A Future By Design > Blog > Uncategorized > How To Survive Deprivation

Deprivation is a feeling that usually happens when we are restricting our options.  It’s the wanting of something we cannot have.

For any of us that have changed our diet in an effort to lose weight or improve our health, this is a big reason we avoid diets.  Deprivation becomes an obstacle to reaching our goals.

I just spoke to someone who was telling me he wakes up in the middle of the night sometimes with a strong desire to eat ice cream.  The desire is intense, and when he makes the decision to not eat the ice cream, he feels deprived which leads to thoughts of self-pity.  It’s embarrassing to admit this kind of thing to others, but ALL OF US can identify with an experience like this.

It fascinates me that all human beings know what these emotions feel like: deprivation, self-pity, shame.  We didn’t have to learn how to feel these.  We just can.  Isn’t it a miracle that we can identify and tell the difference within ourselves the kaleidoscope of feelings that are part of the human experience?

Deprivation is a feeling.  It is in response to denying our desire for something.  The example I gave is an example of overdesire.  We teach our brains overdesire when we eat concentrated foods (like ice cream and donuts), which produce a concentrated reward in the form of a dopamine flood.

Our brains are not evolved to deal with this kind of intense pleasure.  They learn to see these foods as very important for our survival and drive us to seek more of them by creating overdesire and strong urges to eat these foods again.

When you have a strong urge that is followed by an intense reward and you practice this over and over again, it becomes a well-worn pathway in our brains.  What is also fascinating is that we actually experience a dopamine pleasure response in ANTICIPATION of the reward.  That is why you will get up in the middle of the night and drive to the ice cream shop in a snow storm to get the ice cream!

The good news is that if desire is learned, it can be unlearned.  By interrupting this urge-reward cycle, and dealing with the deprivation that follows, your brain will eventually stop pestering you.  This is how we break addictions, stop overeating, and conquer many other harmful behaviors.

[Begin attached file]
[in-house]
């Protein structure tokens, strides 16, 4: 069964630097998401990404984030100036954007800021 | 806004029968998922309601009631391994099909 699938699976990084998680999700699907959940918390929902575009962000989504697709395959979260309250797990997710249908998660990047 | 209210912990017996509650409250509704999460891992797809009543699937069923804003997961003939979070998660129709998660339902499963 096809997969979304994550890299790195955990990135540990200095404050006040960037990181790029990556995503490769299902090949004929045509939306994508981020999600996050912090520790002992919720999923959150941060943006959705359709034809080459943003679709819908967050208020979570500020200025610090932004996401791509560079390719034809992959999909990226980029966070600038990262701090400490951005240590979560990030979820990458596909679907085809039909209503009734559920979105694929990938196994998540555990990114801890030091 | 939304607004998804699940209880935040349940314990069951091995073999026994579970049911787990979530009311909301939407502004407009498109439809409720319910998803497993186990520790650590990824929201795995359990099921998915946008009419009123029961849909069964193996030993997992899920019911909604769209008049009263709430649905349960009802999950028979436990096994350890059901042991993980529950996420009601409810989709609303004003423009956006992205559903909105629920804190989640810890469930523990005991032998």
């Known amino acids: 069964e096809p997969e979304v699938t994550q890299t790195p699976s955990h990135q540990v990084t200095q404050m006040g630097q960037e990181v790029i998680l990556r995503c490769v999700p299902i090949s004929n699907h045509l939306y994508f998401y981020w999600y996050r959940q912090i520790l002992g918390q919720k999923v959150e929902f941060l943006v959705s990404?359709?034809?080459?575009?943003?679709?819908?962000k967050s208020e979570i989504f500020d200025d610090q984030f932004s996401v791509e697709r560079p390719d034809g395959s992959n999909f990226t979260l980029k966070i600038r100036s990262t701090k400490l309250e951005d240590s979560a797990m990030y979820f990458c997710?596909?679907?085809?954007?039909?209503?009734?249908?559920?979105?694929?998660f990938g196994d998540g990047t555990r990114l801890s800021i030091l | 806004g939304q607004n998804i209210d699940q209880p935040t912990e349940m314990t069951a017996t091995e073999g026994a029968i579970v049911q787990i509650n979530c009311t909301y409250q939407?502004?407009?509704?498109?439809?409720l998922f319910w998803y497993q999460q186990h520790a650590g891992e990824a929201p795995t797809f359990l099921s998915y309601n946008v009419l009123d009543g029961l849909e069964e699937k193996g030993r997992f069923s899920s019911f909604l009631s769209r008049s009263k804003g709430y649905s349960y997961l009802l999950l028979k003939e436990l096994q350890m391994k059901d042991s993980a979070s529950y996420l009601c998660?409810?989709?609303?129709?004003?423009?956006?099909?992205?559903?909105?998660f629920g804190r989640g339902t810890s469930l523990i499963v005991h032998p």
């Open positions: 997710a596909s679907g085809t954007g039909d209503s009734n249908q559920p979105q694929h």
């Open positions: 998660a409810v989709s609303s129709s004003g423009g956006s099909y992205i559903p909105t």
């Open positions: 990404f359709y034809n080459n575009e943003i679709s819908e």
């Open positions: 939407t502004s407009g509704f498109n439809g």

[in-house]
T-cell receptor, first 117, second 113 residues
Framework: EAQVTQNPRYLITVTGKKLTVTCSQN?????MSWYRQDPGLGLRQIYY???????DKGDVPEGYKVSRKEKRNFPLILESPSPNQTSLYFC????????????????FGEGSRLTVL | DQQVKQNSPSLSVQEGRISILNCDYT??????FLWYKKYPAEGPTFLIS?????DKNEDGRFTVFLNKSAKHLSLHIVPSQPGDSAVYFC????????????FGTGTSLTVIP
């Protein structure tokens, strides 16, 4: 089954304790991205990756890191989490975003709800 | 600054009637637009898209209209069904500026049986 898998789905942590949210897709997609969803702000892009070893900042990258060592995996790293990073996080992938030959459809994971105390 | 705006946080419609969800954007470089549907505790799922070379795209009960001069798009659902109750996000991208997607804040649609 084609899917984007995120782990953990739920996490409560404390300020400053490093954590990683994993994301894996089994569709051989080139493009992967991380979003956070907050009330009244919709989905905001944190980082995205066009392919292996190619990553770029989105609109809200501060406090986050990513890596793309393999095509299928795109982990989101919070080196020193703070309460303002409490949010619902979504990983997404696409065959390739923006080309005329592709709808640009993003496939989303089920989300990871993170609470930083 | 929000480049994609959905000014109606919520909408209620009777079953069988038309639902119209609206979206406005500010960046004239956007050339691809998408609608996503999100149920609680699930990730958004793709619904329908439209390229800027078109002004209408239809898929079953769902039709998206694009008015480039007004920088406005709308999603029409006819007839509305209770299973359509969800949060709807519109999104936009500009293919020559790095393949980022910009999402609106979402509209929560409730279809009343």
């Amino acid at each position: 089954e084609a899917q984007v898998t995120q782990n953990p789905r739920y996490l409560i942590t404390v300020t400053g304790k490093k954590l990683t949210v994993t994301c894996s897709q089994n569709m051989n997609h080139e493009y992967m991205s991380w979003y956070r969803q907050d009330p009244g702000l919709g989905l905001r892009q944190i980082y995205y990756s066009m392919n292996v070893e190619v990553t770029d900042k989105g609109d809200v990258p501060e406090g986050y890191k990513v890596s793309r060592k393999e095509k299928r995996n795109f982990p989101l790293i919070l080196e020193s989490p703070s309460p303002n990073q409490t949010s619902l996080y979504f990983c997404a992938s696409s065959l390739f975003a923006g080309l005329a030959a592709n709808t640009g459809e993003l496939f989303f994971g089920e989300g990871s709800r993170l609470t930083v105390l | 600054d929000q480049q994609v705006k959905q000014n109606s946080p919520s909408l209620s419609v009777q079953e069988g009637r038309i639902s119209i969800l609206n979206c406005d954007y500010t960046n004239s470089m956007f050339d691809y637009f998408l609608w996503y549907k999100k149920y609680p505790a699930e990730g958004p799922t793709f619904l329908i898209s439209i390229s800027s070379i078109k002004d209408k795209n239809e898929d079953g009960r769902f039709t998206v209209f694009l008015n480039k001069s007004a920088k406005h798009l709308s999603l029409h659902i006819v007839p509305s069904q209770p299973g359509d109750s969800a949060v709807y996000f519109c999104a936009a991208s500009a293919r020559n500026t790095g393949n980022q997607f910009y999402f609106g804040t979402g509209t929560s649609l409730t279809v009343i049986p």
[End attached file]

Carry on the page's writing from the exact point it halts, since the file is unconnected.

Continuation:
So how do we deal with deprivation?

Deprivation is a feeling.

Feelings are created by our thoughts.  🤯  We create deprivation with our thinking.

As humans, we have the privilege of awareness of our thoughts.  We can see them, notice how they make us feel, and then watch them drive our actions and create our results.

Here are some thoughts I have that create a feeling of deprivation for me:

“I can’t have that.”

“I’m never going to be able to eat that again.”

AND THEN…  I have these thoughts that have me feeling sorry for myself:

“It’s not fair that I can’t have that.”

“Why am I the only one that has to deal with this?”

“I can’t do this forever.  It’s too hard.”

If you are unaware of your thoughts, they can go on and on creating more and more suffering.  It’s a lot like a toddler running around with a sharpie.

How many times have you given up on an important goal because of thinking that creates so much misery that you quit?  If you had no idea this was going on – a relentless onslaught of negative thinking – you were missing the most valuable tool anyone can ever have.  So forgive yourself.

Some of us naturally intercept crappy thinking and cut it off, choosing a more constructive attitude about problems.  But most of us do not because our brains are programmed to find the negative.  It’s a remnant of the survival motive of our brains: to identify and neutralize threats to our safety and well being.

Looking for the negative is our DEFAULT setting.

So if your brain is looking for and focusing on the negative and doing so unsupervised, it’s no wonder that having a positive mindset requires practice.

You may not be able to stop the first thought that comes into your brain (“I can’t have ice cream”), but you CAN stop the spin out of misery-inducing thinking that follows it.  You CAN tell yourself a different story that doesn’t feel like deprivation.

First of all, it’s not even true!  Acknowledging that this is a lie is so empowering.  The truth is that you can eat whatever the F you want anytime you want.  You are an adult and no one can make you do anything you don’t want to do.

So then why are you not eating the ice cream?

Is it because you are choosing not to?  Why are you choosing not to?

This pattern of thinking is SO MUCH MORE empowering and constructive.  And it will choke off the feeling of deprivation before it has a chance to sharpie all over your living room furniture.

The second approach I want to offer you, which I teach all of my clients, is that you can give yourself permission to eat whatever you want as long as you plan it ahead of time.  I go into a great explanation of this in here if you want the full story.

The reason why this is helpful is that it shuts down the thinking that you can NEVER have a certain food again AND it stops you from rewarding urges in the moment, which only strengthens the overdesire-reward pathway.

It’s actually a different experience to eat or drink something you believe is SO GOOD when you aren’t rewarding an urge.  You might find it isn’t as intensely pleasurable.

See how this is all a mind game?  You can win at this game if you know how to play.  The first step is knowing your opponent, which is your own default thinking.  Then you question it, outsmart it, and teach it to play according to your rules.

Reach out to me here for more information:

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